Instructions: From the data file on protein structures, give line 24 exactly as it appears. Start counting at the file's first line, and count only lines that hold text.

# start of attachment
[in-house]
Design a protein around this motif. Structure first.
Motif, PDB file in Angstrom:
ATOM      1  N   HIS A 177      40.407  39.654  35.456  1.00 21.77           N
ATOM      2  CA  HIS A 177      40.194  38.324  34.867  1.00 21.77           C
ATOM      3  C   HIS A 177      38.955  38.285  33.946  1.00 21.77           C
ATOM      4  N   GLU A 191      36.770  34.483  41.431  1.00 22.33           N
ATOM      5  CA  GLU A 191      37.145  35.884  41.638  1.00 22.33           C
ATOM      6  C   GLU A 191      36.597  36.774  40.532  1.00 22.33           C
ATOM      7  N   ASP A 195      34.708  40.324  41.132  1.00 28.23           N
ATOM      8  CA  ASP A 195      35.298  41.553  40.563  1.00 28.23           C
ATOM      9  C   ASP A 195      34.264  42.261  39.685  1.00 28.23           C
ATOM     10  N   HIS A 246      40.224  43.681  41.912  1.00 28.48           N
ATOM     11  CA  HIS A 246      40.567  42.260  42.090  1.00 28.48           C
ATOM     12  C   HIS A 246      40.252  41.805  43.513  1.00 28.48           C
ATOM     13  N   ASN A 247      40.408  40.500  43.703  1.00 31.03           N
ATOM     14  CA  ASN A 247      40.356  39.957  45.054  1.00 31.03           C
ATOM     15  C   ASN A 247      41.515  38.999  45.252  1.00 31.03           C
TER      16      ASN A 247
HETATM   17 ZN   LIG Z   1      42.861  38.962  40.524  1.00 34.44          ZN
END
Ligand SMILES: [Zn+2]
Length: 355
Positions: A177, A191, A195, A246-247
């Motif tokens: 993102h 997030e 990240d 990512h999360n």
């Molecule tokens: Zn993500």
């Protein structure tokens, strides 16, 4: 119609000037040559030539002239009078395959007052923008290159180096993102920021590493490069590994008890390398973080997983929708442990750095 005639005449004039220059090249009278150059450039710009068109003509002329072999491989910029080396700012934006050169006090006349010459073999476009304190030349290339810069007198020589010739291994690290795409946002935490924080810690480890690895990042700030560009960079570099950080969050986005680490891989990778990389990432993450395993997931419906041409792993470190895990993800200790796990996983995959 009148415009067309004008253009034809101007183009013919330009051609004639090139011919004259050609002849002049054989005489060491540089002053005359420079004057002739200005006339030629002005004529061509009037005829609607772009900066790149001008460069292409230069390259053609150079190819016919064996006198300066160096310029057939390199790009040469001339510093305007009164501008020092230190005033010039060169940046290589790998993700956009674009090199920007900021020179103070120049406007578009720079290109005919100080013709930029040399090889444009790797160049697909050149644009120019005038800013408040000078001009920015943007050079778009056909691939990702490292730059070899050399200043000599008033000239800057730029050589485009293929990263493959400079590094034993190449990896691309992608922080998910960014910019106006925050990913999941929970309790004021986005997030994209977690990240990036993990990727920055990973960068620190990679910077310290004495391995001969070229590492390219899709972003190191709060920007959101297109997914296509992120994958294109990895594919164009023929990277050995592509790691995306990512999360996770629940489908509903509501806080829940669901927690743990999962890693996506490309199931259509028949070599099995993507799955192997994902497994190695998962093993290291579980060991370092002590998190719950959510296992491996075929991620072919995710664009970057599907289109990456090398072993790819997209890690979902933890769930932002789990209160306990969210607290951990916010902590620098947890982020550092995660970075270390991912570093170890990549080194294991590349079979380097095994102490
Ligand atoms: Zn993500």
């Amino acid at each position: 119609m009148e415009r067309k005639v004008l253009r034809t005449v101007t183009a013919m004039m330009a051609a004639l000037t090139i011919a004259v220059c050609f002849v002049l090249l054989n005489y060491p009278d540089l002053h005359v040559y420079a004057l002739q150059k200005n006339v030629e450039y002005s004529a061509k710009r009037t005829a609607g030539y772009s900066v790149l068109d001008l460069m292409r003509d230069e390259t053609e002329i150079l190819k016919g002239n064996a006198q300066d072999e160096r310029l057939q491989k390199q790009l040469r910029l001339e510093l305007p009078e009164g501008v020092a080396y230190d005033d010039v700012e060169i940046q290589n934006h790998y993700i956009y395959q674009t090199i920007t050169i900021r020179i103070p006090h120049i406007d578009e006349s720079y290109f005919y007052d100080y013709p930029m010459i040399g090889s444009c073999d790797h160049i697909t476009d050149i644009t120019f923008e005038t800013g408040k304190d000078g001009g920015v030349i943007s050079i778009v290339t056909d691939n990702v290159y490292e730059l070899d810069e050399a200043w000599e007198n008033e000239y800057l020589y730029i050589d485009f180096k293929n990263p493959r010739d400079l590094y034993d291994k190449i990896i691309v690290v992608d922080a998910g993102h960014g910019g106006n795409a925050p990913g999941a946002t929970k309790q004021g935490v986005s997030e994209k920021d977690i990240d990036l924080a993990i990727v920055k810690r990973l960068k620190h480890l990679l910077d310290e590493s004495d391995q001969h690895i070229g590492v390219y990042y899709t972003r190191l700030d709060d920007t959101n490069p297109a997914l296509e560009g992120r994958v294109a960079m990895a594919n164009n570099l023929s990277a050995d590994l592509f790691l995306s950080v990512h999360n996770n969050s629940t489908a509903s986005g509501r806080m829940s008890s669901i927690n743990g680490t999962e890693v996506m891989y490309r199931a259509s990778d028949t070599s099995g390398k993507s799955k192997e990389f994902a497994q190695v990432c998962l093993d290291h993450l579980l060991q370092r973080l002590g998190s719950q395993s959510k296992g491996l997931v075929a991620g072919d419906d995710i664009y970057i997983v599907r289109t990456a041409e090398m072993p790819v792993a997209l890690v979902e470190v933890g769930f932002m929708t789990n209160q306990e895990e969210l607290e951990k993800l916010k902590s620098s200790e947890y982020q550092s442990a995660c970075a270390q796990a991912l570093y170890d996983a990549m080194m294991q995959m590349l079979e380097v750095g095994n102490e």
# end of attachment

Positions: A177, A191, A195, A246-247